[University of Pennsylvania Press, $3.50]
THIS book should prove useful and interesting to the layman who has read Mr. Santayana over a period of years and needs a commentary sufficiently ample and systematic to bring the whole range of his work within a single view. Mr. Howgate seeks to trace the writings of Santayana all the way from their origins to their influence. He tries to bring together Santayana the poet, the essayist, the literary critic, the moral philosopher, the metaphysician, to relate all his activities with each other, with his personal character and history, with the Victorian world in which his mind was formed and the world before and after the European War in which it developed, with the countries in which he has lived and the deposits of the intellectual past which have collaborated in shaping his philosophy.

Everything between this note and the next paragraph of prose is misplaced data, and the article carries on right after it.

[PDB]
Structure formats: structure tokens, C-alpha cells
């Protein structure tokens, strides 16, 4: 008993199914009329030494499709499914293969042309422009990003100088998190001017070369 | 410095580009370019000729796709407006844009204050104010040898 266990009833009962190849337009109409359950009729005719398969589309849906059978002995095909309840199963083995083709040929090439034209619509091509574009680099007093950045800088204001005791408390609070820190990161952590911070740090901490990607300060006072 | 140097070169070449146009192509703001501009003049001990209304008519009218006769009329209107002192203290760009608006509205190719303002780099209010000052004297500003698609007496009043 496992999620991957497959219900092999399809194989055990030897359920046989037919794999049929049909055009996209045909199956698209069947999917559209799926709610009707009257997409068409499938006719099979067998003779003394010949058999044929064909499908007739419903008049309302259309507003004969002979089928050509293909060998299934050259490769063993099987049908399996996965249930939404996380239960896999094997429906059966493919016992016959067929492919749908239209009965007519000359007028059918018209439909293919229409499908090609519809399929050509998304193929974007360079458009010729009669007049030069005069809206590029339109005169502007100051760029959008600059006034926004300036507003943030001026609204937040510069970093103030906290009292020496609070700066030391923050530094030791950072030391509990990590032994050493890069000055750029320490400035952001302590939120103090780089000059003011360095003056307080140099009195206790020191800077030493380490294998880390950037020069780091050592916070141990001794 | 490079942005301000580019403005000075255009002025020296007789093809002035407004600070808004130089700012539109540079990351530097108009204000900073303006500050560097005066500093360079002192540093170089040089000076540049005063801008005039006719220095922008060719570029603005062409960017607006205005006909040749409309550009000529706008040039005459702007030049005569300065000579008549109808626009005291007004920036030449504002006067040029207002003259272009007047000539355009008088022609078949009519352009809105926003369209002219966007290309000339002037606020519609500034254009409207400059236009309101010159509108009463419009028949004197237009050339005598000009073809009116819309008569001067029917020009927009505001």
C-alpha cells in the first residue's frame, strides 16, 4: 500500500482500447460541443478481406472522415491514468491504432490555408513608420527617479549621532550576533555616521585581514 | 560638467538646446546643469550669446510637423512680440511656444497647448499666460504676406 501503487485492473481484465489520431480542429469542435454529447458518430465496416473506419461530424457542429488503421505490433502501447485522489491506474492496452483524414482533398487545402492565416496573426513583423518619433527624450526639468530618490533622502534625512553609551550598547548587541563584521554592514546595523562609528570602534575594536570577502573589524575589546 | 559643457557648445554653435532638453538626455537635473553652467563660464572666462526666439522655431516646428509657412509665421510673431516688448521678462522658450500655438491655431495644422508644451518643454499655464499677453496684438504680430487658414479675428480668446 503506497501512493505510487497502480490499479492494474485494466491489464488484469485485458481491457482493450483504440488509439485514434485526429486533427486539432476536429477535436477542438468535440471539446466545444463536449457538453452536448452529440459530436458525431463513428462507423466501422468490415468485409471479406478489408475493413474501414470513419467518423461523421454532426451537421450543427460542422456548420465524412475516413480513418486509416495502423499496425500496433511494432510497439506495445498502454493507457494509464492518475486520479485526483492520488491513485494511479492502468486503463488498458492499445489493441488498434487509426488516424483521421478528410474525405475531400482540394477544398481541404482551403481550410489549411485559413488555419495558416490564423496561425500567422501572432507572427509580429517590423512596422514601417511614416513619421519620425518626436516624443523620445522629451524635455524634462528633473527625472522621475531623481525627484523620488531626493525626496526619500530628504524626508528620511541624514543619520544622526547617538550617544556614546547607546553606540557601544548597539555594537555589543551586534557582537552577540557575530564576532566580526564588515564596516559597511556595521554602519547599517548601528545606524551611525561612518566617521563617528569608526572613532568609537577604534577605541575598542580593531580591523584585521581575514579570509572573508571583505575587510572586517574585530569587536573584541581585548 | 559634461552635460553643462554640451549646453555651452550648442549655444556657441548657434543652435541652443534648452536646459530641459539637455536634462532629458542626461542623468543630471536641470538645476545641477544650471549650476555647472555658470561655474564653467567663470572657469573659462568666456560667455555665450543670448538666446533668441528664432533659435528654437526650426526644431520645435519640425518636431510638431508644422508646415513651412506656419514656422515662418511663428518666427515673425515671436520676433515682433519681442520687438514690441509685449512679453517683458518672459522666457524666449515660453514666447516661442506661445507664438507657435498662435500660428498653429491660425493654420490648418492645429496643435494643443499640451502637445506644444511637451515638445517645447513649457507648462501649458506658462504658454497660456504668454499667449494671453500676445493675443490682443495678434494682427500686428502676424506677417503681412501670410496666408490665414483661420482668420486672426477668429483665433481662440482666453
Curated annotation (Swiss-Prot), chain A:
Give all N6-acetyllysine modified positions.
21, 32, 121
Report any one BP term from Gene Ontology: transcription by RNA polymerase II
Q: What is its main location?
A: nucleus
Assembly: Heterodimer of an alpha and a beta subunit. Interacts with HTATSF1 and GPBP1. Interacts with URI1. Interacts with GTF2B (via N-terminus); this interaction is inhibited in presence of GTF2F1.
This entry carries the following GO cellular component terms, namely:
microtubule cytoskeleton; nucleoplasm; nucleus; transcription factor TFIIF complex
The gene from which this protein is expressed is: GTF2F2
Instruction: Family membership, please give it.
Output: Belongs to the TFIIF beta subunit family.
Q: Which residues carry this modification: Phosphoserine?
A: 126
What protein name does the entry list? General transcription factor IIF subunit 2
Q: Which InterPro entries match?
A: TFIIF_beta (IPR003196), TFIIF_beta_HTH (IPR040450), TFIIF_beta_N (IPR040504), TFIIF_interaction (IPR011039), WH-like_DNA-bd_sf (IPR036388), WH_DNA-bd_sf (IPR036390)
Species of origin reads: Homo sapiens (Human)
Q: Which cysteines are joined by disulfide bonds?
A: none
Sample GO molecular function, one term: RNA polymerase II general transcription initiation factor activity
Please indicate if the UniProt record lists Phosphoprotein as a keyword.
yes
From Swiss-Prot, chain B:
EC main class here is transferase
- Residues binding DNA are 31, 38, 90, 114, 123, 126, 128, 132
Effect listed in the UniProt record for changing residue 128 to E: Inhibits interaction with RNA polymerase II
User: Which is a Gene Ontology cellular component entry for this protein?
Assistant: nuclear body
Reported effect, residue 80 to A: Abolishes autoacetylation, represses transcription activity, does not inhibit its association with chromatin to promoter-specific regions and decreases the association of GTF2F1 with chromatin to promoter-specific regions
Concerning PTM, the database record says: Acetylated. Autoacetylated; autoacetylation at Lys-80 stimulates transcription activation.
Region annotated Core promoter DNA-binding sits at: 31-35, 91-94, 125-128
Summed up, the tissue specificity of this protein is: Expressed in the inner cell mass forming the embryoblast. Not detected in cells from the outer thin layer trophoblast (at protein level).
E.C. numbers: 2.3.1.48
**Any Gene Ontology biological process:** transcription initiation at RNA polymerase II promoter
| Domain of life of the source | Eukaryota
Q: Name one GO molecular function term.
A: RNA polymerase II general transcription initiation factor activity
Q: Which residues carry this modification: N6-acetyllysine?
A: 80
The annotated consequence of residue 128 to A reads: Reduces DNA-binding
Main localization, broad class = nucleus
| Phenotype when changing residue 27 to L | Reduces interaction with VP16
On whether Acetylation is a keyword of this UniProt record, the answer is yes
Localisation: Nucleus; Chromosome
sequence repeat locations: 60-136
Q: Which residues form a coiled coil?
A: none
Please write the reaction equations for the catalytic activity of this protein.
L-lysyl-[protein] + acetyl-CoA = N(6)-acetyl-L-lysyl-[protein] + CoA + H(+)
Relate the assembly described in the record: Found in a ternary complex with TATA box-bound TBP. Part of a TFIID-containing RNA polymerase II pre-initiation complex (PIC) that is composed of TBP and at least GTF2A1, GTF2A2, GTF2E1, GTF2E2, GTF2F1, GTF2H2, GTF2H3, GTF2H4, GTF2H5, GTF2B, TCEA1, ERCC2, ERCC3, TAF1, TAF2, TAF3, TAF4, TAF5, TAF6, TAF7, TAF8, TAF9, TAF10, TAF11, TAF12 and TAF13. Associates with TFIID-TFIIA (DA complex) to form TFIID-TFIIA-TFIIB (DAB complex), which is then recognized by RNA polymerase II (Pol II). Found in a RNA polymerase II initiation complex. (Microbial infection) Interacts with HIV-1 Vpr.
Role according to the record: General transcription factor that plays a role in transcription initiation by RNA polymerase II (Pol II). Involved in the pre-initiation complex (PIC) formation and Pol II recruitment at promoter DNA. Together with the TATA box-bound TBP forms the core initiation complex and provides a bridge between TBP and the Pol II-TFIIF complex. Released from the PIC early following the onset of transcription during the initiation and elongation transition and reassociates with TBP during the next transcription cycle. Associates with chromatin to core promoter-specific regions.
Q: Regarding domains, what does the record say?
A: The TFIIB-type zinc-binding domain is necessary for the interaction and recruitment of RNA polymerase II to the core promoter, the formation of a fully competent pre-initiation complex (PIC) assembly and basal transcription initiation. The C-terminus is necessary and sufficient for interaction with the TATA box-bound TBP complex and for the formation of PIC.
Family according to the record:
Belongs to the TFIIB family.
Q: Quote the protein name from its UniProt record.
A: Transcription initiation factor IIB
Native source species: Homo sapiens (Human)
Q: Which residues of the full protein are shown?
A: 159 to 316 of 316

To make a really thoroughgoing and independently critical study of Santayana on so complete a plan would require immense gifts and half a lifetime devoted to no other purpose. Mr. Howgate remains on the level of the intelligently literary. He does not dive very deep, nor hazard any important judgments in his own right. If his book serves to make Santayana any more clear than Santayana makes himself, it is largely because of his patience and skill in laying out Santayana’s work in a convenient conspectus, so that its parts may be seen in relation to each other and its development may be better perceived.
Despite the emptiness, even perhaps obtuseness, of Mr. Howgate’s comments at times, he has done a good deal, it seems to me, to enable general readers to enter into Santayana’s work with understanding. His long chapter on Santayana as a literary critic is especially rewarding, and his chapter on Santayana as a metaphysician is particularly successful in making some thorny matters plainer to the general intelligence.